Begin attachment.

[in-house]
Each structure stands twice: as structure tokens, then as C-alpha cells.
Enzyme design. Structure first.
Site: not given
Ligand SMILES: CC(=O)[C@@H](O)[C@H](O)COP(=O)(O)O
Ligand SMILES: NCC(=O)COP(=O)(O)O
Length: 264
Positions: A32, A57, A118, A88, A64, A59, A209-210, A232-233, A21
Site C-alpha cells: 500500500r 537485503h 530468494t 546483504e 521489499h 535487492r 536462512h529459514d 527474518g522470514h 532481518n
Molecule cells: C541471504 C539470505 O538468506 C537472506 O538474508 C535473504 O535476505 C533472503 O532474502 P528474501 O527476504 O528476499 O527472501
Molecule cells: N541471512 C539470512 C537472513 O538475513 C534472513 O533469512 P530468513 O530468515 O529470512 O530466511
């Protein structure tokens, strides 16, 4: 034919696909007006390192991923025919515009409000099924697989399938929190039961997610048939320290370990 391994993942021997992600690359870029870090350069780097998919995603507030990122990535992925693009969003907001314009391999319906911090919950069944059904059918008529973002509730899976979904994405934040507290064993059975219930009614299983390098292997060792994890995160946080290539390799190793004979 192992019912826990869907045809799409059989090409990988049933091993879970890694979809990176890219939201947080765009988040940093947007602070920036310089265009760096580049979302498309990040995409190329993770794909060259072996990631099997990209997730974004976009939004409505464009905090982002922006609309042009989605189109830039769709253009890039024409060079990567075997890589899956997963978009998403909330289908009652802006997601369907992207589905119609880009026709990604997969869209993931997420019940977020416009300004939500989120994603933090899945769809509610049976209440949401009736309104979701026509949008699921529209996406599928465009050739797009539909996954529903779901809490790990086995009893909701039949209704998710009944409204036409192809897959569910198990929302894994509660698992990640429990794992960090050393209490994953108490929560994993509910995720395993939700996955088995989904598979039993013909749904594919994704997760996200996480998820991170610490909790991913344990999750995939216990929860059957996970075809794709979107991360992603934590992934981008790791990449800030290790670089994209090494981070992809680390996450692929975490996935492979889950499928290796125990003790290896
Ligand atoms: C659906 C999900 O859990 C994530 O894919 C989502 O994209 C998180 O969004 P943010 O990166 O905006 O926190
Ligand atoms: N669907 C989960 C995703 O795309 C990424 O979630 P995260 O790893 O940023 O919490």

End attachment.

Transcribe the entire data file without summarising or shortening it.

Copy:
[in-house]
Each structure stands twice: as structure tokens, then as C-alpha cells.
Enzyme design. Structure first.
Site: not given
Ligand SMILES: CC(=O)[C@@H](O)[C@H](O)COP(=O)(O)O
Ligand SMILES: NCC(=O)COP(=O)(O)O
Length: 264
Positions: A32, A57, A118, A88, A64, A59, A209-210, A232-233, A21
Site C-alpha cells: 500500500r 537485503h 530468494t 546483504e 521489499h 535487492r 536462512h529459514d 527474518g522470514h 532481518n
Molecule cells: C541471504 C539470505 O538468506 C537472506 O538474508 C535473504 O535476505 C533472503 O532474502 P528474501 O527476504 O528476499 O527472501
Molecule cells: N541471512 C539470512 C537472513 O538475513 C534472513 O533469512 P530468513 O530468515 O529470512 O530466511
């Protein structure tokens, strides 16, 4: 034919696909007006390192991923025919515009409000099924697989399938929190039961997610048939320290370990 391994993942021997992600690359870029870090350069780097998919995603507030990122990535992925693009969003907001314009391999319906911090919950069944059904059918008529973002509730899976979904994405934040507290064993059975219930009614299983390098292997060792994890995160946080290539390799190793004979 192992019912826990869907045809799409059989090409990988049933091993879970890694979809990176890219939201947080765009988040940093947007602070920036310089265009760096580049979302498309990040995409190329993770794909060259072996990631099997990209997730974004976009939004409505464009905090982002922006609309042009989605189109830039769709253009890039024409060079990567075997890589899956997963978009998403909330289908009652802006997601369907992207589905119609880009026709990604997969869209993931997420019940977020416009300004939500989120994603933090899945769809509610049976209440949401009736309104979701026509949008699921529209996406599928465009050739797009539909996954529903779901809490790990086995009893909701039949209704998710009944409204036409192809897959569910198990929302894994509660698992990640429990794992960090050393209490994953108490929560994993509910995720395993939700996955088995989904598979039993013909749904594919994704997760996200996480998820991170610490909790991913344990999750995939216990929860059957996970075809794709979107991360992603934590992934981008790791990449800030290790670089994209090494981070992809680390996450692929975490996935492979889950499928290796125990003790290896
Ligand atoms: C659906 C999900 O859990 C994530 O894919 C989502 O994209 C998180 O969004 P943010 O990166 O905006 O926190
Ligand atoms: N669907 C989960 C995703 O795309 C990424 O979630 P995260 O790893 O940023 O919490």